Small-cap equities and related exchange traded funds have garnered plenty of attention this year. Much of that was derived by way of subpar performances and historically low multiples. Both factors could spur fresh interest in smaller stocks. This is particularly at a time when market participants are evaluating ideas for 2024. With small-caps potentially coming back into focus, the Invesco NASDAQ Future Gen 200 ETF (QQQS) could be among the ETFs worth considering next year.
Onee reason small-caps and ETFs like QQQS warrant attention is the class’ economic sensitivity. Owing to the largely domestic focus of smaller firms, for these companies, including QQQS, macroeconomic gyrations can be headwinds or tailwinds. For example, speculation in late 2022 and earlier this year that a recession was inevitable weighed on small-cap stocks. Conversely, smaller stocks haven’t proven responsive to reduced recession expectations, though the asset class should be doing so.
Speaking of a Recession…
It remains to be seen if economic contraction comes to pass next year. But if a recession does arrive, QQQS and some of its holdings could prove sturdier than expected.
“History suggests that leadership of the stock market could soon pass from large-caps to small-caps—especially if an economic slowdown lies ahead. Over the past 11 recessions, small caps have beaten their larger cousins by over 16% during the 12 months after a recession started,” noted Jonathan Boyar, president of Boyar Research.
To its credit, QQQS might not be highly vulnerable even if a recession occurs. That’s because the ETF isn’t heavily allocated to cyclical stocks outside of technology. As just two examples, the fund has no exposure to bank stocks, and its consumer discretionary allocation is just 7.10%.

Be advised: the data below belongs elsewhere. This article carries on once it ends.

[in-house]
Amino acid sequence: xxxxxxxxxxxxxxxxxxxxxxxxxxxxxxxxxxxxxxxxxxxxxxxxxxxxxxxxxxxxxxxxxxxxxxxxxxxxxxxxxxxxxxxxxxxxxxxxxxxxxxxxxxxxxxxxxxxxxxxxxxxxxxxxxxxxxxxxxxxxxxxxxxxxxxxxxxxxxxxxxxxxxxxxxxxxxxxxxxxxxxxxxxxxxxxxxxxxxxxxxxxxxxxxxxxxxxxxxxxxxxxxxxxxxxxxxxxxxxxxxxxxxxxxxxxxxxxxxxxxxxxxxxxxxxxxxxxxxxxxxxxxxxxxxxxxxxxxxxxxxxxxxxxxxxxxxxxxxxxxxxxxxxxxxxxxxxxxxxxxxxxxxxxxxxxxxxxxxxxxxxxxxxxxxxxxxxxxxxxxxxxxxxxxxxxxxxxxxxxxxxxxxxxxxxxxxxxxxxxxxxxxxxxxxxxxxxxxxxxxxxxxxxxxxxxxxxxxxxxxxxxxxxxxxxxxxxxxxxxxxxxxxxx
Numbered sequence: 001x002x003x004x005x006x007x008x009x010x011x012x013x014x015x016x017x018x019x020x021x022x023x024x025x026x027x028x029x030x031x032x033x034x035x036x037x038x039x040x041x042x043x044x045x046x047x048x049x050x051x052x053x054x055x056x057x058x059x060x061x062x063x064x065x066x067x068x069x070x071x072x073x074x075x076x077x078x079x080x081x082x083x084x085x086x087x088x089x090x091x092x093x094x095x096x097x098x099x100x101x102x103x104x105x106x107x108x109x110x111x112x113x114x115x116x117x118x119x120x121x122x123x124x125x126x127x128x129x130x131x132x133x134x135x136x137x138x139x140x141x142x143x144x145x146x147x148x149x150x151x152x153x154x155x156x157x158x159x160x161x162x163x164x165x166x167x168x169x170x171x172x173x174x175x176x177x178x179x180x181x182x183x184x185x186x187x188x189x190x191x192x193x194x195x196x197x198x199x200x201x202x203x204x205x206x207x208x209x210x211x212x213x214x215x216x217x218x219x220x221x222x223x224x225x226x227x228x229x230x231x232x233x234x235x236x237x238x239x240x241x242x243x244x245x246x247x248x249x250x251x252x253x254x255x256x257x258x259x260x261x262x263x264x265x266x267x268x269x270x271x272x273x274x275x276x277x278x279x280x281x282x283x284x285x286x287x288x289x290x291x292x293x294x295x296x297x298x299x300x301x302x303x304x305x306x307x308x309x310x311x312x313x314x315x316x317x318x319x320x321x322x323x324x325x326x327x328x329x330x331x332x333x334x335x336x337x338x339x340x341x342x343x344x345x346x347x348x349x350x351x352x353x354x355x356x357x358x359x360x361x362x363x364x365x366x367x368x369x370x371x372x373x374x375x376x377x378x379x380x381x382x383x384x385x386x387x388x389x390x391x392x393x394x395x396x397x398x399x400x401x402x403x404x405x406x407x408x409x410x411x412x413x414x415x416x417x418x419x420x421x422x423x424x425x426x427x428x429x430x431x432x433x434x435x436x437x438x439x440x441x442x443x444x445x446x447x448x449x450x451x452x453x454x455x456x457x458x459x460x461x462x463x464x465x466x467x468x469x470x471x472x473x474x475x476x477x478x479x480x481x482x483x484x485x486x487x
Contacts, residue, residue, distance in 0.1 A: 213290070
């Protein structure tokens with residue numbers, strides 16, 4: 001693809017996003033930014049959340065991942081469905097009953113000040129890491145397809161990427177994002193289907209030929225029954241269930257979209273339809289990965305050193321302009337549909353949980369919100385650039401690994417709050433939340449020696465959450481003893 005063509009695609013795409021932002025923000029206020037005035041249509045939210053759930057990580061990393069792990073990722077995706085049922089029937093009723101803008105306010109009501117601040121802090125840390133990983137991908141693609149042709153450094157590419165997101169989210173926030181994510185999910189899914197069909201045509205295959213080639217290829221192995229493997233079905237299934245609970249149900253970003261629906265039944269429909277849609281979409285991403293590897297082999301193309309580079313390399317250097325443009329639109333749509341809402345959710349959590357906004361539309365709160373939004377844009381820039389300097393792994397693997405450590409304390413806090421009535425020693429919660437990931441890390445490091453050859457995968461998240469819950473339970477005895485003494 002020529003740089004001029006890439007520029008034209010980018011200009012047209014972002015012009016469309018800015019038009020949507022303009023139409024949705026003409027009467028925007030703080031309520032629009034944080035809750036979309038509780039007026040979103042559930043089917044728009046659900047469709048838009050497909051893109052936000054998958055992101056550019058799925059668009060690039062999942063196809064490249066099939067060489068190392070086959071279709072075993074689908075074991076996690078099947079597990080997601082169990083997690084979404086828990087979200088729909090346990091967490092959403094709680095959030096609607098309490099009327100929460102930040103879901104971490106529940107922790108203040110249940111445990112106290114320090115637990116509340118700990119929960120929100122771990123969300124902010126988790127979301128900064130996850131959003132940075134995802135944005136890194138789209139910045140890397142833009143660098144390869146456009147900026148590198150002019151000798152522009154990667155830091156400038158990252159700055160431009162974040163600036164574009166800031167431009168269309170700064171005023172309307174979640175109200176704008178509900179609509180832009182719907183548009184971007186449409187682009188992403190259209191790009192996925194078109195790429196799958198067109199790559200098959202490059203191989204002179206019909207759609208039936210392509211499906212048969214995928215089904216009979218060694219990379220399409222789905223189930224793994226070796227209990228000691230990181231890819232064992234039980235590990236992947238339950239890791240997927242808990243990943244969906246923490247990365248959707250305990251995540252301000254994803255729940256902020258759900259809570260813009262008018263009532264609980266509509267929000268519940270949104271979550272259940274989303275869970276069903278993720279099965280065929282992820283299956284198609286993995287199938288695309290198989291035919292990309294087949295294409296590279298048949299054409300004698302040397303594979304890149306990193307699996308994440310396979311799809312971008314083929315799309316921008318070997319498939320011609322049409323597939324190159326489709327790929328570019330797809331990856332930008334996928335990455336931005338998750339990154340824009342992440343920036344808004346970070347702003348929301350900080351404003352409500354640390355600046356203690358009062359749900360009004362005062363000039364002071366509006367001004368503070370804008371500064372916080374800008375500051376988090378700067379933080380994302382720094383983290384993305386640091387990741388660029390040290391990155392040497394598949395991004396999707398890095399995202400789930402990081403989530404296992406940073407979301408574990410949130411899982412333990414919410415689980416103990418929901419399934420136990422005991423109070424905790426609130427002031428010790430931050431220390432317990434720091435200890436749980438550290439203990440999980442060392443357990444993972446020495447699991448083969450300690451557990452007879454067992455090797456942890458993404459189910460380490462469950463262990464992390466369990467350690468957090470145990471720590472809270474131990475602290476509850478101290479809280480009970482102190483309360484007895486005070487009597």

Another point in favor of QQQS is that a decent percentage of its roster constitutes profitable firms. The same cannot be said of the Russell 2000 Index. That’s because half or more of that benchmark is money-losing companies. In other words, QQQS could be a credible idea for investors seeking value in the small-cap realm, of which there’s plenty to be had.
“From a valuation standpoint, small-cap value shares are far and away the cheapest U.S. stocks. While large-cap growth shares (led by the Magnificent Seven group of tech stocks) are trading 36% above their 20-year average price/earnings multiple, JP Morgan reports that small-cap value is selling 14% below its 20-year average. The Russell 2000, a basket of smaller-cap companies, has been in a bear market,” concluded Boyar.
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